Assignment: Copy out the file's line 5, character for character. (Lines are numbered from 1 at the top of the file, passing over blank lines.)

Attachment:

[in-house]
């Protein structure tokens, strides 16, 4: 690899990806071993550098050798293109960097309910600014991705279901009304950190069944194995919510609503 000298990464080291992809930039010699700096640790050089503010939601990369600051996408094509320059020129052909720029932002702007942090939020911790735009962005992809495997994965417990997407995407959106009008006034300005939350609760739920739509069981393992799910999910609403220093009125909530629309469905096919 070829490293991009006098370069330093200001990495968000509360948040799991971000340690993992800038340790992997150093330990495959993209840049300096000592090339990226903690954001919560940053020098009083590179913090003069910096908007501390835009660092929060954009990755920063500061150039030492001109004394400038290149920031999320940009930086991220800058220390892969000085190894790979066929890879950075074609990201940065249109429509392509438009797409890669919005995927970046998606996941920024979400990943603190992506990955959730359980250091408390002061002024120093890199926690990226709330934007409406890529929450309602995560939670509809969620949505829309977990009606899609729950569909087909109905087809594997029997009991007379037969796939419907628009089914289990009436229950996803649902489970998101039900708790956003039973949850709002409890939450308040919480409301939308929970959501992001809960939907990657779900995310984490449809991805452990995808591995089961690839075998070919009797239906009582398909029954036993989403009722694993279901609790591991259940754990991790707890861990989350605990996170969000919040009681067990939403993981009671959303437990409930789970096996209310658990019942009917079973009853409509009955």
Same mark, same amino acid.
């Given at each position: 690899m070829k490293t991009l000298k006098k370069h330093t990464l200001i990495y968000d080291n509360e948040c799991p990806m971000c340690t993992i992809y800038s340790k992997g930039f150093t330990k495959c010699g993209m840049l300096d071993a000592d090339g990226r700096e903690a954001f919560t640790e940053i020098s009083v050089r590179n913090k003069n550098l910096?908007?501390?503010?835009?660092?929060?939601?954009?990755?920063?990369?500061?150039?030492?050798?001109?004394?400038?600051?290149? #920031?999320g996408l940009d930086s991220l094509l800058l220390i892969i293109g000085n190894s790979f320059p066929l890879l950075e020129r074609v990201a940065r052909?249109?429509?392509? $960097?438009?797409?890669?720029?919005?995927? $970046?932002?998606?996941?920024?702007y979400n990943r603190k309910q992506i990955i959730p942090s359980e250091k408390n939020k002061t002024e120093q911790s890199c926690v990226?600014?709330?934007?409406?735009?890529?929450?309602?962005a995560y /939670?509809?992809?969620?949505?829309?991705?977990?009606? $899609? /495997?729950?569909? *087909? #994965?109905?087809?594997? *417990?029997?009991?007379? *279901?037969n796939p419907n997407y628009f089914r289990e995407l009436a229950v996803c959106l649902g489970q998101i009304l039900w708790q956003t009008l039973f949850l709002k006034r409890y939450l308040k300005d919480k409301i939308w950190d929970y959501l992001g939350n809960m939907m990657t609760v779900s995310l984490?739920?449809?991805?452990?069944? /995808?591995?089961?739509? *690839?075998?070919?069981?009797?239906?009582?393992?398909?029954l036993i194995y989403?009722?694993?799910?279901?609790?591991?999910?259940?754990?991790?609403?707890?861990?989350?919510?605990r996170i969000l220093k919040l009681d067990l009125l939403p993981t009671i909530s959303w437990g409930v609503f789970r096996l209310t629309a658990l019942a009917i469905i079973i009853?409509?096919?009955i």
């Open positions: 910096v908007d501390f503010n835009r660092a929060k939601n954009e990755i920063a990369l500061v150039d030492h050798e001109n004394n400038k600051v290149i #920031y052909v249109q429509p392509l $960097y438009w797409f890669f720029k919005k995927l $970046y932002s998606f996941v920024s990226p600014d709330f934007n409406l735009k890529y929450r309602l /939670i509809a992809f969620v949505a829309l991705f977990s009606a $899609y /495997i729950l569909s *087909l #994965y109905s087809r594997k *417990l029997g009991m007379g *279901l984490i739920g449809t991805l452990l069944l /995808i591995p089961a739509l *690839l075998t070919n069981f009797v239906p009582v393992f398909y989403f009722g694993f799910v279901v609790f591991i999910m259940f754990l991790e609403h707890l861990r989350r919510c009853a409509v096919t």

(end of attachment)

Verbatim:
């Open positions: 910096v908007d501390f503010n835009r660092a929060k939601n954009e990755i920063a990369l500061v150039d030492h050798e001109n004394n400038k600051v290149i #920031y052909v249109q429509p392509l $960097y438009w797409f890669f720029k919005k995927l $970046y932002s998606f996941v920024s990226p600014d709330f934007n409406l735009k890529y929450r309602l /939670i509809a992809f969620v949505a829309l991705f977990s009606a $899609y /495997i729950l569909s *087909l #994965y109905s087809r594997k *417990l029997g009991m007379g *279901l984490i739920g449809t991805l452990l069944l /995808i591995p089961a739509l *690839l075998t070919n069981f009797v239906p009582v393992f398909y989403f009722g694993f799910v279901v609790f591991i999910m259940f754990l991790e609403h707890l861990r989350r919510c009853a409509v096919t």